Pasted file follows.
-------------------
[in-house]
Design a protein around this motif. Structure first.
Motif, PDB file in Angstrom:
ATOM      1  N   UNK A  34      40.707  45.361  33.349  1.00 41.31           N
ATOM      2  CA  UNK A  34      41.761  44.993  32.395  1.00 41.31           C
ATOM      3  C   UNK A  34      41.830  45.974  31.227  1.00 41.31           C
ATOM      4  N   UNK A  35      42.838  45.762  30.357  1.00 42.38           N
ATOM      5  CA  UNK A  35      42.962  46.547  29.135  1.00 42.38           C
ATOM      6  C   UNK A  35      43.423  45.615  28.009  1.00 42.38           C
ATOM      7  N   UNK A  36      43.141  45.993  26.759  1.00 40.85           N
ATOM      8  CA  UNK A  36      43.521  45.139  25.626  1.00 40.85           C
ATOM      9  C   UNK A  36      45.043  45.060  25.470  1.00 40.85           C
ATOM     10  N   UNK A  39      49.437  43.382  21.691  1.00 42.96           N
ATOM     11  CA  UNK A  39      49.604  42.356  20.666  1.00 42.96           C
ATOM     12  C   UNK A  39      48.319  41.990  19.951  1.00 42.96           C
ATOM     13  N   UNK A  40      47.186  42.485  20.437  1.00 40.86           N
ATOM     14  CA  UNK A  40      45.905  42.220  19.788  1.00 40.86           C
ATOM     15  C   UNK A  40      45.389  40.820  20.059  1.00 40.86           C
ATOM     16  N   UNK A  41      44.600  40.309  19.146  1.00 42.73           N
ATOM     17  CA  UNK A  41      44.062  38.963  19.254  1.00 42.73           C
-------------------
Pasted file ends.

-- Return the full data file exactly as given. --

[in-house]
Design a protein around this motif. Structure first.
Motif, PDB file in Angstrom:
ATOM      1  N   UNK A  34      40.707  45.361  33.349  1.00 41.31           N
ATOM      2  CA  UNK A  34      41.761  44.993  32.395  1.00 41.31           C
ATOM      3  C   UNK A  34      41.830  45.974  31.227  1.00 41.31           C
ATOM      4  N   UNK A  35      42.838  45.762  30.357  1.00 42.38           N
ATOM      5  CA  UNK A  35      42.962  46.547  29.135  1.00 42.38           C
ATOM      6  C   UNK A  35      43.423  45.615  28.009  1.00 42.38           C
ATOM      7  N   UNK A  36      43.141  45.993  26.759  1.00 40.85           N
ATOM      8  CA  UNK A  36      43.521  45.139  25.626  1.00 40.85           C
ATOM      9  C   UNK A  36      45.043  45.060  25.470  1.00 40.85           C
ATOM     10  N   UNK A  39      49.437  43.382  21.691  1.00 42.96           N
ATOM     11  CA  UNK A  39      49.604  42.356  20.666  1.00 42.96           C
ATOM     12  C   UNK A  39      48.319  41.990  19.951  1.00 42.96           C
ATOM     13  N   UNK A  40      47.186  42.485  20.437  1.00 40.86           N
ATOM     14  CA  UNK A  40      45.905  42.220  19.788  1.00 40.86           C
ATOM     15  C   UNK A  40      45.389  40.820  20.059  1.00 40.86           C
ATOM     16  N   UNK A  41      44.600  40.309  19.146  1.00 42.73           N
ATOM     17  CA  UNK A  41      44.062  38.963  19.254  1.00 42.73           C